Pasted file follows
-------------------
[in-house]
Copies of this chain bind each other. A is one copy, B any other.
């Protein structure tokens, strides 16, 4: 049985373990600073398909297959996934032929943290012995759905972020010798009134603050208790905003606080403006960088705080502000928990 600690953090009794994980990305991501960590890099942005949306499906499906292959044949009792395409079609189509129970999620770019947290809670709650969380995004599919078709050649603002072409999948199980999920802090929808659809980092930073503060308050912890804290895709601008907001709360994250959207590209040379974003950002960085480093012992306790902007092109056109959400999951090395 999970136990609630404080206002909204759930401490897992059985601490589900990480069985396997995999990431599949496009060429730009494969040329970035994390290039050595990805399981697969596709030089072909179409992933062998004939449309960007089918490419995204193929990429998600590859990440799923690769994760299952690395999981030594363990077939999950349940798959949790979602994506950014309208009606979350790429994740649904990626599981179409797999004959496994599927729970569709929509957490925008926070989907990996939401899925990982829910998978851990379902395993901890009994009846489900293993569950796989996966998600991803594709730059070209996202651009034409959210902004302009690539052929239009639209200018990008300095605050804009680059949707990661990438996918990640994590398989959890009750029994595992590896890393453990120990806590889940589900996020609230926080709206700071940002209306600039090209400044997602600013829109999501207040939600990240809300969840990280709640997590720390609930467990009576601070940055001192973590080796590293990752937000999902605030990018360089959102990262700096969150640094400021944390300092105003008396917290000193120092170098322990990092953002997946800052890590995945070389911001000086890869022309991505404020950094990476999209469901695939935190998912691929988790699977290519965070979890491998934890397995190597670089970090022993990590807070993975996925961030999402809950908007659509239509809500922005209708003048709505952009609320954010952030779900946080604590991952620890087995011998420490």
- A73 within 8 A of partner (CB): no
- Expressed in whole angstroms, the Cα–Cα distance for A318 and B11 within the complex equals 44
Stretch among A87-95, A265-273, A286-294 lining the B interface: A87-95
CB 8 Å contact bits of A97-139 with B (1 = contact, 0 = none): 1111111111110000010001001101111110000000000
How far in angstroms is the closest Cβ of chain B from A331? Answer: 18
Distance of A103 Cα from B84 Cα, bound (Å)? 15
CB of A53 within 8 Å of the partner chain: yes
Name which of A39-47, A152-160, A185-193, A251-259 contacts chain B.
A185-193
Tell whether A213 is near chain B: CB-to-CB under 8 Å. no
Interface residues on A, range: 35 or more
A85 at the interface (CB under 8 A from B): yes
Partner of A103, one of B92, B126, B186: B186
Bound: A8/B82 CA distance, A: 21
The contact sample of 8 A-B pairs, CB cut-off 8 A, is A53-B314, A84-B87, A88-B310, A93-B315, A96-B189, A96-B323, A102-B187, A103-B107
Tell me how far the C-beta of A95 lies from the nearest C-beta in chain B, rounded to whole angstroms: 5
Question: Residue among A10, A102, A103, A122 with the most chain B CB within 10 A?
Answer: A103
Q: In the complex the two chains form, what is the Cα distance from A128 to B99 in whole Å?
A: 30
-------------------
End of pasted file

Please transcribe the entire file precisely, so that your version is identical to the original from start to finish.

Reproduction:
[in-house]
Copies of this chain bind each other. A is one copy, B any other.
């Protein structure tokens, strides 16, 4: 049985373990600073398909297959996934032929943290012995759905972020010798009134603050208790905003606080403006960088705080502000928990 600690953090009794994980990305991501960590890099942005949306499906499906292959044949009792395409079609189509129970999620770019947290809670709650969380995004599919078709050649603002072409999948199980999920802090929808659809980092930073503060308050912890804290895709601008907001709360994250959207590209040379974003950002960085480093012992306790902007092109056109959400999951090395 999970136990609630404080206002909204759930401490897992059985601490589900990480069985396997995999990431599949496009060429730009494969040329970035994390290039050595990805399981697969596709030089072909179409992933062998004939449309960007089918490419995204193929990429998600590859990440799923690769994760299952690395999981030594363990077939999950349940798959949790979602994506950014309208009606979350790429994740649904990626599981179409797999004959496994599927729970569709929509957490925008926070989907990996939401899925990982829910998978851990379902395993901890009994009846489900293993569950796989996966998600991803594709730059070209996202651009034409959210902004302009690539052929239009639209200018990008300095605050804009680059949707990661990438996918990640994590398989959890009750029994595992590896890393453990120990806590889940589900996020609230926080709206700071940002209306600039090209400044997602600013829109999501207040939600990240809300969840990280709640997590720390609930467990009576601070940055001192973590080796590293990752937000999902605030990018360089959102990262700096969150640094400021944390300092105003008396917290000193120092170098322990990092953002997946800052890590995945070389911001000086890869022309991505404020950094990476999209469901695939935190998912691929988790699977290519965070979890491998934890397995190597670089970090022993990590807070993975996925961030999402809950908007659509239509809500922005209708003048709505952009609320954010952030779900946080604590991952620890087995011998420490």
- A73 within 8 A of partner (CB): no
- Expressed in whole angstroms, the Cα–Cα distance for A318 and B11 within the complex equals 44
Stretch among A87-95, A265-273, A286-294 lining the B interface: A87-95
CB 8 Å contact bits of A97-139 with B (1 = contact, 0 = none): 1111111111110000010001001101111110000000000
How far in angstroms is the closest Cβ of chain B from A331? Answer: 18
Distance of A103 Cα from B84 Cα, bound (Å)? 15
CB of A53 within 8 Å of the partner chain: yes
Name which of A39-47, A152-160, A185-193, A251-259 contacts chain B.
A185-193
Tell whether A213 is near chain B: CB-to-CB under 8 Å. no
Interface residues on A, range: 35 or more
A85 at the interface (CB under 8 A from B): yes
Partner of A103, one of B92, B126, B186: B186
Bound: A8/B82 CA distance, A: 21
The contact sample of 8 A-B pairs, CB cut-off 8 A, is A53-B314, A84-B87, A88-B310, A93-B315, A96-B189, A96-B323, A102-B187, A103-B107
Tell me how far the C-beta of A95 lies from the nearest C-beta in chain B, rounded to whole angstroms: 5
Question: Residue among A10, A102, A103, A122 with the most chain B CB within 10 A?
Answer: A103
Q: In the complex the two chains form, what is the Cα distance from A128 to B99 in whole Å?
A: 30